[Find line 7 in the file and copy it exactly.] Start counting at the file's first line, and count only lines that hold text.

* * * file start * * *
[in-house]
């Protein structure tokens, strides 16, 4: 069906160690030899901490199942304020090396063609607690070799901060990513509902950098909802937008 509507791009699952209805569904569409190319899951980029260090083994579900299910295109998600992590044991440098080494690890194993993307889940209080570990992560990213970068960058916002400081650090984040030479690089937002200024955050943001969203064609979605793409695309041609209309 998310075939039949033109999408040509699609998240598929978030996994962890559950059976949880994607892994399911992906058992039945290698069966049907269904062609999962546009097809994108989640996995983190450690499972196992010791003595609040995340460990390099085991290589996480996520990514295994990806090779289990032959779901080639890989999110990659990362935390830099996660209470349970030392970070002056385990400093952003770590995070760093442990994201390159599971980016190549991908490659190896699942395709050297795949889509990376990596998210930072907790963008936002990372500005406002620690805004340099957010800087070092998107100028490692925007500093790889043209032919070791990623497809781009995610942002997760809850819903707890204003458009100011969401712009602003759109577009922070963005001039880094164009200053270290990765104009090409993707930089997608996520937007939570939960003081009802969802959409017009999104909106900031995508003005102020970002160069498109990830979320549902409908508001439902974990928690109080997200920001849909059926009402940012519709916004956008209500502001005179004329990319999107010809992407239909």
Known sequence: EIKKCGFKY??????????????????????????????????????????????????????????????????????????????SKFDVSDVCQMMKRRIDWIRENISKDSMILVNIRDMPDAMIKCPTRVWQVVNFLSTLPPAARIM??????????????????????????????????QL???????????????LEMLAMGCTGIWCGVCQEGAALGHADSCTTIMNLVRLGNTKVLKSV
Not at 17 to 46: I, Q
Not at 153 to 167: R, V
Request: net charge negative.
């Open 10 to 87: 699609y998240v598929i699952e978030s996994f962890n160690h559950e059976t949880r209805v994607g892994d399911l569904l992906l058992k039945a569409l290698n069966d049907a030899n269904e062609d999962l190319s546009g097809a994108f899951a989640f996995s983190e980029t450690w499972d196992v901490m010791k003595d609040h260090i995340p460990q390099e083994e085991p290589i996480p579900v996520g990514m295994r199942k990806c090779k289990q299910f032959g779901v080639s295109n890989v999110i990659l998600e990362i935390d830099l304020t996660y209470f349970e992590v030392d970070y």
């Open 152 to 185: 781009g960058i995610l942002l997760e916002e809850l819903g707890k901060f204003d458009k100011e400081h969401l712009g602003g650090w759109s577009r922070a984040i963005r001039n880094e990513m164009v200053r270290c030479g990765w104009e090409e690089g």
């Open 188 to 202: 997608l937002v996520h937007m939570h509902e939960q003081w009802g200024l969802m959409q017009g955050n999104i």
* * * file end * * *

């Open 10 to 87: 699609y998240v598929i699952e978030s996994f962890n160690h559950e059976t949880r209805v994607g892994d399911l569904l992906l058992k039945a569409l290698n069966d049907a030899n269904e062609d999962l190319s546009g097809a994108f899951a989640f996995s983190e980029t450690w499972d196992v901490m010791k003595d609040h260090i995340p460990q390099e083994e085991p290589i996480p579900v996520g990514m295994r199942k990806c090779k289990q299910f032959g779901v080639s295109n890989v999110i990659l998600e990362i935390d830099l304020t996660y209470f349970e992590v030392d970070y």